The risk of dying among MDR/RR-TB infected patients who were HIV positive (RRR = 1.57, p = 0.010) is increased by 1.57 times in HIV positive patients while HIV status unknown, the risk was increased by 2.24 times (RRR = 2.24, p = 0.044).

ART status: among TB patients on ART, there seem to be problems with ART monitoring or adherence issues because there were significant deaths occurring among patients on ART as well (RRR = 1.47, p = 0.032).

Co-morbidity: MDR/RR-TB patients with comorbid conditions had increased risk of dying (RRR = 1.63, p = 0.002), comorbidity increased the risk of deaths among MDR/RR-TB patients by 1.63 times.

Table 3 show adjusted RRR after adjustingfor other factors included in the multivariate model, the significant factors from multiple binomial regression modelling (Table 3) are listed as follows: Culture conversion period (Not recorded had adjusted RR (RRR = 1.75, p = 0.018); doses missed (≤ 10% missed doses had RRR = 4.75, p < 0.001, > 10% missed doses had RRR = 9.28, p < 0.001, Not recorded had RRR = 3.22, p < 0.001); Comorbidity: TB patients with comorbidities had RRR = 1.44, p = 0.024. Table 4 show results from univariate binomial regression modelling of treatment failure. Age group was significantly associated with treatment outcomes, older ages between 45 to 54 years (RR = 1.65, p = 0.029) and those aged 55+ years (RR = 1.81, p = 0.012) show higher risks of treatment failure respectively. Diagnosis time was associated with treatment outcome, the shorter the time from diagnosis to treatment reduces the chances of treatment failure; the period of 8 to 30 days was protective, reduced the risk of treatment failure by 0.62 times compared to other time intervals. Patents without a recorded culture conversion result had a high risk of treatment failure (RR = 2.96, p < 0.001). The number of treatment doses missed was a predictor of treatment failure, > 10% missed doses (RR = 2.03, p < 0.001). Other factors important were being HIV positive (RR = 1.57, p = 0.01), ART status: HIV +ve on ART (RR=1.47, p=0.032), HIV+ not on ART (RR = 2.91, p < 0.001), HIV status unknown (RR = 2.24, p = 0.044) and comorbidity (RR = 1.63, p = 0.002). Adjusted relative risk ratio after multiple regression modelling show that patient ART status was a significant factor associated with treatment success or failure (ARR = 3.92, p < 0.001). Patients who were HIV positive and not on ART had a high risk of TB treatment failure by 3.92 times compared to patients who were HIV positive on ART treatment (Table 4).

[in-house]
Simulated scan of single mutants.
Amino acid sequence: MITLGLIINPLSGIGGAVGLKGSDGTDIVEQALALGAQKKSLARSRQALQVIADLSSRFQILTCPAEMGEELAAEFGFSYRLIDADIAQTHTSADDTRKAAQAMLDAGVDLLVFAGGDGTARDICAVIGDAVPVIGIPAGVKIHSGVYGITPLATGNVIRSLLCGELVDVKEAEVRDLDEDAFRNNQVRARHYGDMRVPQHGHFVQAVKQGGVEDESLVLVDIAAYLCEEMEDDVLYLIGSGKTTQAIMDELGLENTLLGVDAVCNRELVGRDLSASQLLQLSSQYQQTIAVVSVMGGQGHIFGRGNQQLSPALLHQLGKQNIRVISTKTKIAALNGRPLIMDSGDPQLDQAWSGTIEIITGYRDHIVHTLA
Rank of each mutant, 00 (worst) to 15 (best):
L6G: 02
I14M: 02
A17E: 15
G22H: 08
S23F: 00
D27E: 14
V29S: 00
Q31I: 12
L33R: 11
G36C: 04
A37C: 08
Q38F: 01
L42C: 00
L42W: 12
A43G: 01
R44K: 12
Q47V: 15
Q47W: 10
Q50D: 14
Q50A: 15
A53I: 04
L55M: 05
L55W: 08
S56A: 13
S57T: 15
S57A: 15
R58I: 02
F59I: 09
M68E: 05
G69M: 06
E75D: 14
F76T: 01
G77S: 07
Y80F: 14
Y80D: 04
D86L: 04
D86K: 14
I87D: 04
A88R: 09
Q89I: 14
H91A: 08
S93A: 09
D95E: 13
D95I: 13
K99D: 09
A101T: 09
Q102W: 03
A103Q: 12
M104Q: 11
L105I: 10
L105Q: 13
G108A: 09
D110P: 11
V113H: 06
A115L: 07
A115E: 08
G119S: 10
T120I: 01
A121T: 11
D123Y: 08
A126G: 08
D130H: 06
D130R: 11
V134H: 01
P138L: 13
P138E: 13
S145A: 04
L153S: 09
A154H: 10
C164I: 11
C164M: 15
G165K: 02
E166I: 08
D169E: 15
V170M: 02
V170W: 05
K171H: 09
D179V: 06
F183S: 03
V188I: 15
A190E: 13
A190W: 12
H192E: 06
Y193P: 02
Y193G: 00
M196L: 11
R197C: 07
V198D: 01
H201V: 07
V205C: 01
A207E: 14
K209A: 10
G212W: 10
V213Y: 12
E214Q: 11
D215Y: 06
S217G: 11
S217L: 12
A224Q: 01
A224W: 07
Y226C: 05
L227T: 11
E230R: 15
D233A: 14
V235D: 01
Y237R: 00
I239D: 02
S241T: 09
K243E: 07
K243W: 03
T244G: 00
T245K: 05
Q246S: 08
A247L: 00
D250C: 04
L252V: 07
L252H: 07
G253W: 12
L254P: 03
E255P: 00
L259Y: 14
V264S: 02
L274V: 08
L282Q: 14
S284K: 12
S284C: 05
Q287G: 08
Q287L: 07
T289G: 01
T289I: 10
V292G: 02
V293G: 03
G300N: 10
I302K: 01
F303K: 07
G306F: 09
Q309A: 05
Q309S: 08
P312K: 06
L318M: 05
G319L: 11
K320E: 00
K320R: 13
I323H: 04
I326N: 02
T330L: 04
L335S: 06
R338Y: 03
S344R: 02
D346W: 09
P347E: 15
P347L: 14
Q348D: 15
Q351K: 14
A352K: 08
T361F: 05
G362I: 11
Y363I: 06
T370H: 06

Discussion Up    Down

Statement of principle findings

Patients who missed MDR/RR-TB doses of > 10% were twice more likely to die compared to missing TB doses of = 10%. Patients in Age groups 45 - 54 years and those 55 years and above had increased risk of death compared to other age groups.

Strengths and weaknesses of the study

First, this study included 473 cases of MDR/RR-TB patients under directly observed treatment in a National TB Programme (DOTS), which Strength is notable. In addition, this reasonably big sample size allowed us to control for several variables. Second, this study included patients from all the notifying districts in the country and data was collected for patients initiated on treatment over a five-year period since the country adopted standardized SLDs, hence findings are useful for decision making in a routine programme setting. The study was not without limitations. First, the patients who were referred to rural primary healthcare facilities for follow-up care after MDR-TB treatment initiation were not included. Compared to patients referred, the patients included in our study were more likely to be from urban areas with better socio-economic status, education levels and access to healthcare services.

Strengths and weaknesses in relation to other studies

In relation to other studies, our study did not report resistance to specific drugs such as INH and /RIF which data is critical in measuring MDR/RR-TB treatment outcomes [24]. Our study also did not report on key variables such as weight, employment status and alcohol abuse which variables may determine treatment success or failure. Our study contrary to other studies recorded data on HIV status of the cohort which variable is critical in measuring TB Treatment outcomes [24]. Our study also reported findings on older age, HIV infection, and extensive TB disease as these are well-known risk factors for mortality of patients with tuberculosis which strengths is notable [25].

Discussion in important differences in results